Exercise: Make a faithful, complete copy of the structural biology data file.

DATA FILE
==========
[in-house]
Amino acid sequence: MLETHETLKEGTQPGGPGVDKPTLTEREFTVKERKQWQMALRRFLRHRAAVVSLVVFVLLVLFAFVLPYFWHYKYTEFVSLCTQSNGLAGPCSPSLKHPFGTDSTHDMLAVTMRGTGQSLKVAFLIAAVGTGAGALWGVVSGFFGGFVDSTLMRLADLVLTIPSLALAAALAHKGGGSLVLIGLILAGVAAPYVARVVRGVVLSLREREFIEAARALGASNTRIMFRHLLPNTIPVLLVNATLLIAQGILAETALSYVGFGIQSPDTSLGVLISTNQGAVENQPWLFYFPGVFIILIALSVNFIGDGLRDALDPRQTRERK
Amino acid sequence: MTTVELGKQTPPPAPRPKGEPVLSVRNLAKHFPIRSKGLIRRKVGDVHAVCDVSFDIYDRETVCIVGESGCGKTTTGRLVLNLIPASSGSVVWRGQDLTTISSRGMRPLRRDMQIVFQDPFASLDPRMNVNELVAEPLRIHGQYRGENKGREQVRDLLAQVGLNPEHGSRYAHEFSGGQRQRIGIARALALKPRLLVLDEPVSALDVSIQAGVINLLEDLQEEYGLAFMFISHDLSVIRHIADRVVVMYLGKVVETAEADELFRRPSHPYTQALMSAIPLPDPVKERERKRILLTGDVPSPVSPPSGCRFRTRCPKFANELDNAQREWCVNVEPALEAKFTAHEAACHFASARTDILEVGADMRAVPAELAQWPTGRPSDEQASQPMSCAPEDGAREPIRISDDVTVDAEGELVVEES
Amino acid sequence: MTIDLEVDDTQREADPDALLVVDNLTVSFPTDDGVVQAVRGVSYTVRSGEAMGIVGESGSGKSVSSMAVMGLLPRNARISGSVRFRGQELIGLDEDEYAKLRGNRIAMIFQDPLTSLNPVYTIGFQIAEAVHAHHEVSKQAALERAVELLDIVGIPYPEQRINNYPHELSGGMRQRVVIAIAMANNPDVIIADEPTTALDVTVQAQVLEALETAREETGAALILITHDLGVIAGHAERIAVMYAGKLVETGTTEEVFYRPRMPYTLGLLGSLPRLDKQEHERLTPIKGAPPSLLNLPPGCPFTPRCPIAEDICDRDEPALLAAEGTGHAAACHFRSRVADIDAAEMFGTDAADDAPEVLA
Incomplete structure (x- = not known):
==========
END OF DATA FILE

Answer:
[in-house]
Amino acid sequence: MLETHETLKEGTQPGGPGVDKPTLTEREFTVKERKQWQMALRRFLRHRAAVVSLVVFVLLVLFAFVLPYFWHYKYTEFVSLCTQSNGLAGPCSPSLKHPFGTDSTHDMLAVTMRGTGQSLKVAFLIAAVGTGAGALWGVVSGFFGGFVDSTLMRLADLVLTIPSLALAAALAHKGGGSLVLIGLILAGVAAPYVARVVRGVVLSLREREFIEAARALGASNTRIMFRHLLPNTIPVLLVNATLLIAQGILAETALSYVGFGIQSPDTSLGVLISTNQGAVENQPWLFYFPGVFIILIALSVNFIGDGLRDALDPRQTRERK
Amino acid sequence: MTTVELGKQTPPPAPRPKGEPVLSVRNLAKHFPIRSKGLIRRKVGDVHAVCDVSFDIYDRETVCIVGESGCGKTTTGRLVLNLIPASSGSVVWRGQDLTTISSRGMRPLRRDMQIVFQDPFASLDPRMNVNELVAEPLRIHGQYRGENKGREQVRDLLAQVGLNPEHGSRYAHEFSGGQRQRIGIARALALKPRLLVLDEPVSALDVSIQAGVINLLEDLQEEYGLAFMFISHDLSVIRHIADRVVVMYLGKVVETAEADELFRRPSHPYTQALMSAIPLPDPVKERERKRILLTGDVPSPVSPPSGCRFRTRCPKFANELDNAQREWCVNVEPALEAKFTAHEAACHFASARTDILEVGADMRAVPAELAQWPTGRPSDEQASQPMSCAPEDGAREPIRISDDVTVDAEGELVVEES
Amino acid sequence: MTIDLEVDDTQREADPDALLVVDNLTVSFPTDDGVVQAVRGVSYTVRSGEAMGIVGESGSGKSVSSMAVMGLLPRNARISGSVRFRGQELIGLDEDEYAKLRGNRIAMIFQDPLTSLNPVYTIGFQIAEAVHAHHEVSKQAALERAVELLDIVGIPYPEQRINNYPHELSGGMRQRVVIAIAMANNPDVIIADEPTTALDVTVQAQVLEALETAREETGAALILITHDLGVIAGHAERIAVMYAGKLVETGTTEEVFYRPRMPYTLGLLGSLPRLDKQEHERLTPIKGAPPSLLNLPPGCPFTPRCPIAEDICDRDEPALLAAEGTGHAAACHFRSRVADIDAAEMFGTDAADDAPEVLA
Incomplete structure (x- = not known):